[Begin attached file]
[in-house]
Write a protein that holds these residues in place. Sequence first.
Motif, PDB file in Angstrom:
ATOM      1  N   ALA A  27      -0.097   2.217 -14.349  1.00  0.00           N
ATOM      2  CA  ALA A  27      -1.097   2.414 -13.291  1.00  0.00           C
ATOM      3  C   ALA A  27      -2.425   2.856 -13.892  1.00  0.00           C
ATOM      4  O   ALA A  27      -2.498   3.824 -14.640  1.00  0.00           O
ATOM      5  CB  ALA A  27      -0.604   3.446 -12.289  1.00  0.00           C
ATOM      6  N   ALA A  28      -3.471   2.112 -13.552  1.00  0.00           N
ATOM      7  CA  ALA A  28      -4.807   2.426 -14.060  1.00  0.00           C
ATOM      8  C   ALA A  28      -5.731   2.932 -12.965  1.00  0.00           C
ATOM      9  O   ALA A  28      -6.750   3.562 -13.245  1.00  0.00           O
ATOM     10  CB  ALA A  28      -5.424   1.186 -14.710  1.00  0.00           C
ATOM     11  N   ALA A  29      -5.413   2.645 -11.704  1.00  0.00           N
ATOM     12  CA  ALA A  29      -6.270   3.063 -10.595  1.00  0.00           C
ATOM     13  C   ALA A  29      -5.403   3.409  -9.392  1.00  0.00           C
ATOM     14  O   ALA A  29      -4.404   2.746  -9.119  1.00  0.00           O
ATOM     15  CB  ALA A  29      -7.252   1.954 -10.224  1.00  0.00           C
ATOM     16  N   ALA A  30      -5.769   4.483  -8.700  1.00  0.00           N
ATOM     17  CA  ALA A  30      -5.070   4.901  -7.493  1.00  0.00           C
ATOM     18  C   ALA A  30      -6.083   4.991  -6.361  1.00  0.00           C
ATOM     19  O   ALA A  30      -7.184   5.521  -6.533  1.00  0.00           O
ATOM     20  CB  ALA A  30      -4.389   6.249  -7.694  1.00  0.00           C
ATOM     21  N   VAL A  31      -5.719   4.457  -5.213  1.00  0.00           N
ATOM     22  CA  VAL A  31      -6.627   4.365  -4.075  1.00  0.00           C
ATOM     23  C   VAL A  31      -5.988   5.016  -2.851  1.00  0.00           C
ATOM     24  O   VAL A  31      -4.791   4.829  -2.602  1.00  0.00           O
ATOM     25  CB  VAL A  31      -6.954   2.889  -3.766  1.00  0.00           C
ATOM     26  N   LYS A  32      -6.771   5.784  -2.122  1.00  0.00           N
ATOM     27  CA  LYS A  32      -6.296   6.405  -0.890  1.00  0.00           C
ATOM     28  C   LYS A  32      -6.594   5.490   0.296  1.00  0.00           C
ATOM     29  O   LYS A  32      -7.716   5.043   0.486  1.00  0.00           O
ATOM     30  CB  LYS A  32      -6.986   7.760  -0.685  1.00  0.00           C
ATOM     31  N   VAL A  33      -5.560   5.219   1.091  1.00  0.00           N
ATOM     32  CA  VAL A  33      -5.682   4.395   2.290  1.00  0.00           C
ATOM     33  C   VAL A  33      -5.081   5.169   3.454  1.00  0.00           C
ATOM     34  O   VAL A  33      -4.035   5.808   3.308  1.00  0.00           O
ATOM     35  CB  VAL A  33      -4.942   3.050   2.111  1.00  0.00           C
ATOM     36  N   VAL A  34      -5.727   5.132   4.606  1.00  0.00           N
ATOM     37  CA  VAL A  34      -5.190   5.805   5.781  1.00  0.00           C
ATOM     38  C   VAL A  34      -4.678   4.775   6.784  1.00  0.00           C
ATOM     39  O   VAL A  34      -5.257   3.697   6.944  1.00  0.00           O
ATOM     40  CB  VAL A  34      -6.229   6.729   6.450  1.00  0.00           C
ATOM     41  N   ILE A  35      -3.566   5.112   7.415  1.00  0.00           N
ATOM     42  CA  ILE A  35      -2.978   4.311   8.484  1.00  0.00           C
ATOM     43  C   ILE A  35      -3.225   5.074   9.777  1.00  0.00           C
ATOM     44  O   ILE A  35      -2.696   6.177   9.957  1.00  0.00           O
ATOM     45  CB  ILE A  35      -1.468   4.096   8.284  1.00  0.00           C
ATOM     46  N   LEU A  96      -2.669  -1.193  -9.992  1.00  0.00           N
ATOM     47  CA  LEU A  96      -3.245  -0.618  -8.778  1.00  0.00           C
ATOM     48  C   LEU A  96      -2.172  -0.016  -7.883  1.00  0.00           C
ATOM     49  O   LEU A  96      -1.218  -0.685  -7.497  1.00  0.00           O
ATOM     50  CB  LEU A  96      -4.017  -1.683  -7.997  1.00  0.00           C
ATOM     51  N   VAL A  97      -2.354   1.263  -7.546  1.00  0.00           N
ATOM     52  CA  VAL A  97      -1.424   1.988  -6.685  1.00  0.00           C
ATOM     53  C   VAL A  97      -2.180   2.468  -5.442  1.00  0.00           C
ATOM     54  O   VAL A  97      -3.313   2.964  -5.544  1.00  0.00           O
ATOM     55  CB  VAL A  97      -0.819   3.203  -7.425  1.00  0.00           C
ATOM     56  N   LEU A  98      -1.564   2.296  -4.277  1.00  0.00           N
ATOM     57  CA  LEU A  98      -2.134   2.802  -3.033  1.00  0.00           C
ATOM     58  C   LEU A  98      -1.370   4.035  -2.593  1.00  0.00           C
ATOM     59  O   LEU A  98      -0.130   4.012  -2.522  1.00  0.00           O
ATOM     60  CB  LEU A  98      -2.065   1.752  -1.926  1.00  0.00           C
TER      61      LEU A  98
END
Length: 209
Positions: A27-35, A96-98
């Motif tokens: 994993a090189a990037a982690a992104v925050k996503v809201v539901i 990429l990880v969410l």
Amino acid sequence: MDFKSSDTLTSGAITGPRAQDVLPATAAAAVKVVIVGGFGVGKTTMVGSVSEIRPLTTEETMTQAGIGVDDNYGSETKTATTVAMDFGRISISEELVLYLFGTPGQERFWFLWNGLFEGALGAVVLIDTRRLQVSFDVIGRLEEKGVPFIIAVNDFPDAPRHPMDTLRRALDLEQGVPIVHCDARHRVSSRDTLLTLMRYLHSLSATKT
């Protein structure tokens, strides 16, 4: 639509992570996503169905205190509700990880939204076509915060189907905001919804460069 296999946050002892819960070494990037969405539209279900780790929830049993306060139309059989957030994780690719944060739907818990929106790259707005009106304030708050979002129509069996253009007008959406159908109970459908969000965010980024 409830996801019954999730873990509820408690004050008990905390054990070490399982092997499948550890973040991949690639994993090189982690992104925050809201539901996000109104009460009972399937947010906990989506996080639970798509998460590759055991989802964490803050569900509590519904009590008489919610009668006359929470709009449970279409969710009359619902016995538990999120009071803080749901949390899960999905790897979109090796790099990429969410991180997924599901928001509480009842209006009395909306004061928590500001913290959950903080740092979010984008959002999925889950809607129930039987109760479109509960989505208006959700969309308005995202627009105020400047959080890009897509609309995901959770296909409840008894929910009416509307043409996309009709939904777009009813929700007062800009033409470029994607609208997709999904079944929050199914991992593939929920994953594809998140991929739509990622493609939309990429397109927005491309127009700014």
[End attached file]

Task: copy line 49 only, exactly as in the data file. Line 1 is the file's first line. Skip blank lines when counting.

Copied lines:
ATOM     46  N   LEU A  96      -2.669  -1.193  -9.992  1.00  0.00           N